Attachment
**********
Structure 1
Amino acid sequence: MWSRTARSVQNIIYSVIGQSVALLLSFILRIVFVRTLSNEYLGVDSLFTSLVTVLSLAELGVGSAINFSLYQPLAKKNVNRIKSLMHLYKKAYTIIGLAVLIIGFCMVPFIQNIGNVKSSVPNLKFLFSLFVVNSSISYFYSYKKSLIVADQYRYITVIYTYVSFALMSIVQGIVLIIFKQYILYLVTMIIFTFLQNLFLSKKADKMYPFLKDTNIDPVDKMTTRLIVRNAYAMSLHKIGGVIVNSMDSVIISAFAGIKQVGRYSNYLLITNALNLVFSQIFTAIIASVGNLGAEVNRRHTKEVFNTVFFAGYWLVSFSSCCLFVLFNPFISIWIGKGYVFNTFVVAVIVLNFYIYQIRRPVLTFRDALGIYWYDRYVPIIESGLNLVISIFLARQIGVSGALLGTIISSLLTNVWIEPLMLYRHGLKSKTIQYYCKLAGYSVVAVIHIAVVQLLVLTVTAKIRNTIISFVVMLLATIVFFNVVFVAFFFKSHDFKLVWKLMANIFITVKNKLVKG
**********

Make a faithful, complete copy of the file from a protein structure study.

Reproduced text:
Structure 1
Amino acid sequence: MWSRTARSVQNIIYSVIGQSVALLLSFILRIVFVRTLSNEYLGVDSLFTSLVTVLSLAELGVGSAINFSLYQPLAKKNVNRIKSLMHLYKKAYTIIGLAVLIIGFCMVPFIQNIGNVKSSVPNLKFLFSLFVVNSSISYFYSYKKSLIVADQYRYITVIYTYVSFALMSIVQGIVLIIFKQYILYLVTMIIFTFLQNLFLSKKADKMYPFLKDTNIDPVDKMTTRLIVRNAYAMSLHKIGGVIVNSMDSVIISAFAGIKQVGRYSNYLLITNALNLVFSQIFTAIIASVGNLGAEVNRRHTKEVFNTVFFAGYWLVSFSSCCLFVLFNPFISIWIGKGYVFNTFVVAVIVLNFYIYQIRRPVLTFRDALGIYWYDRYVPIIESGLNLVISIFLARQIGVSGALLGTIISSLLTNVWIEPLMLYRHGLKSKTIQYYCKLAGYSVVAVIHIAVVQLLVLTVTAKIRNTIISFVVMLLATIVFFNVVFVAFFFKSHDFKLVWKLMANIFITVKNKLVKG